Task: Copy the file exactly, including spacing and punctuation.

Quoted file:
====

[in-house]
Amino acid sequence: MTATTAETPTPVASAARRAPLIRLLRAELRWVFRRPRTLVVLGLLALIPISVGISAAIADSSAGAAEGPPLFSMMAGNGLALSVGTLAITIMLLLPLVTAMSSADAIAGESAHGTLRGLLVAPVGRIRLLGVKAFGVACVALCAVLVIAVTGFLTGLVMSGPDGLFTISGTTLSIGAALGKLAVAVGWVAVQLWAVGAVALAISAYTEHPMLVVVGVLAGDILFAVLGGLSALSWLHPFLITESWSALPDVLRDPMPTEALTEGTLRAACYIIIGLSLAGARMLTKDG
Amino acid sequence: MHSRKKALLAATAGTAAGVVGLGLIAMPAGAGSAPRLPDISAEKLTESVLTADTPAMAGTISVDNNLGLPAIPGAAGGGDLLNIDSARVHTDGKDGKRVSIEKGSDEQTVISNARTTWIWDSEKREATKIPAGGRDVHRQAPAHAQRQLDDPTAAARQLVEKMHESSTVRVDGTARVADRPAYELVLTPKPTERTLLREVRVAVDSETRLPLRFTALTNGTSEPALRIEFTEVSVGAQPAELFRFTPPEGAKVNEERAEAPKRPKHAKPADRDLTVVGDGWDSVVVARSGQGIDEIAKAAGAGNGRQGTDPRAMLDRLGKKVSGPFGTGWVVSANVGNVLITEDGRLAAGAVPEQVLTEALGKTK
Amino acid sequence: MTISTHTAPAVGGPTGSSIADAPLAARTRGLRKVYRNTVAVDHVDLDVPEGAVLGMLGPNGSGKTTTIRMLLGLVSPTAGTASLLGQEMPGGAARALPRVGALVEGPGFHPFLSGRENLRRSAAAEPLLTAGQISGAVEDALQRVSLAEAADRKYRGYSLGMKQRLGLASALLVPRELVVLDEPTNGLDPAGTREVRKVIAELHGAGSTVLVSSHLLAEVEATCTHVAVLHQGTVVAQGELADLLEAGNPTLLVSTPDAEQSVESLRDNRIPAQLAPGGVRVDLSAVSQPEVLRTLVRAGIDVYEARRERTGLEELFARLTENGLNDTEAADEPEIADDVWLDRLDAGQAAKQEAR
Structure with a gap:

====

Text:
[in-house]
Amino acid sequence: MTATTAETPTPVASAARRAPLIRLLRAELRWVFRRPRTLVVLGLLALIPISVGISAAIADSSAGAAEGPPLFSMMAGNGLALSVGTLAITIMLLLPLVTAMSSADAIAGESAHGTLRGLLVAPVGRIRLLGVKAFGVACVALCAVLVIAVTGFLTGLVMSGPDGLFTISGTTLSIGAALGKLAVAVGWVAVQLWAVGAVALAISAYTEHPMLVVVGVLAGDILFAVLGGLSALSWLHPFLITESWSALPDVLRDPMPTEALTEGTLRAACYIIIGLSLAGARMLTKDG
Amino acid sequence: MHSRKKALLAATAGTAAGVVGLGLIAMPAGAGSAPRLPDISAEKLTESVLTADTPAMAGTISVDNNLGLPAIPGAAGGGDLLNIDSARVHTDGKDGKRVSIEKGSDEQTVISNARTTWIWDSEKREATKIPAGGRDVHRQAPAHAQRQLDDPTAAARQLVEKMHESSTVRVDGTARVADRPAYELVLTPKPTERTLLREVRVAVDSETRLPLRFTALTNGTSEPALRIEFTEVSVGAQPAELFRFTPPEGAKVNEERAEAPKRPKHAKPADRDLTVVGDGWDSVVVARSGQGIDEIAKAAGAGNGRQGTDPRAMLDRLGKKVSGPFGTGWVVSANVGNVLITEDGRLAAGAVPEQVLTEALGKTK
Amino acid sequence: MTISTHTAPAVGGPTGSSIADAPLAARTRGLRKVYRNTVAVDHVDLDVPEGAVLGMLGPNGSGKTTTIRMLLGLVSPTAGTASLLGQEMPGGAARALPRVGALVEGPGFHPFLSGRENLRRSAAAEPLLTAGQISGAVEDALQRVSLAEAADRKYRGYSLGMKQRLGLASALLVPRELVVLDEPTNGLDPAGTREVRKVIAELHGAGSTVLVSSHLLAEVEATCTHVAVLHQGTVVAQGELADLLEAGNPTLLVSTPDAEQSVESLRDNRIPAQLAPGGVRVDLSAVSQPEVLRTLVRAGIDVYEARRERTGLEELFARLTENGLNDTEAADEPEIADDVWLDRLDAGQAAKQEAR
Structure with a gap: